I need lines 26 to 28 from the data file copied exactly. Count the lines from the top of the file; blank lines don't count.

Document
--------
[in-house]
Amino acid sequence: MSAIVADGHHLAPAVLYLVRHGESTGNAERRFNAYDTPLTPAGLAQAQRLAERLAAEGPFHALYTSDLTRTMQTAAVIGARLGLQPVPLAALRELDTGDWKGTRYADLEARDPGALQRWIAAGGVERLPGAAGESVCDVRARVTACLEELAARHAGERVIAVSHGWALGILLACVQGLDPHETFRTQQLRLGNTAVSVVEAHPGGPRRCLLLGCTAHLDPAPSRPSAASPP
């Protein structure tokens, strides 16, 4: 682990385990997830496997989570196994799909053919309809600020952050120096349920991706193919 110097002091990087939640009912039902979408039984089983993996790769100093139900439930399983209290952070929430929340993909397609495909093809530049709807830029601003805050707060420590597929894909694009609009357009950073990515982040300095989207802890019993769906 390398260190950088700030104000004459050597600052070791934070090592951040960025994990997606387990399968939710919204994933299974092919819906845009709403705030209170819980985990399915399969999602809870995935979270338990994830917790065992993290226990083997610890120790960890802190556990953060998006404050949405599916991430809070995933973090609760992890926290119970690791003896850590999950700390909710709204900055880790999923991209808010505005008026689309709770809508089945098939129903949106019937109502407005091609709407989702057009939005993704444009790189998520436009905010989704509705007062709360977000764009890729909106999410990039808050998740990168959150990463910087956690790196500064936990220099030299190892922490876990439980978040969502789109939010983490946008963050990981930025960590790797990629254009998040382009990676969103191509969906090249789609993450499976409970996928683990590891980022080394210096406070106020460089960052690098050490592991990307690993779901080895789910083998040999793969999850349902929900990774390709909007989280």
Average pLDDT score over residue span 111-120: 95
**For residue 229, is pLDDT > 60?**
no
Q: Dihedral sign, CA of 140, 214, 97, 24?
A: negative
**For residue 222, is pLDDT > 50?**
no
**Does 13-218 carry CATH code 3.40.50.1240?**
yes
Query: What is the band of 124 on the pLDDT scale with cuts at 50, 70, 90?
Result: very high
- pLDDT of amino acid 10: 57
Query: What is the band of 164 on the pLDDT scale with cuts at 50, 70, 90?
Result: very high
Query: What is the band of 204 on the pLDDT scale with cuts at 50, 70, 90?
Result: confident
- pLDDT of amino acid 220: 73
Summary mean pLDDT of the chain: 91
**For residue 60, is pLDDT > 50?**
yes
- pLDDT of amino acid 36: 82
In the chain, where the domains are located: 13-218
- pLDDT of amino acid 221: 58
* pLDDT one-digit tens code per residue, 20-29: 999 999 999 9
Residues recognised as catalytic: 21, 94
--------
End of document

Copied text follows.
- pLDDT of amino acid 221: 58
* pLDDT one-digit tens code per residue, 20-29: 999 999 999 9
Residues recognised as catalytic: 21, 94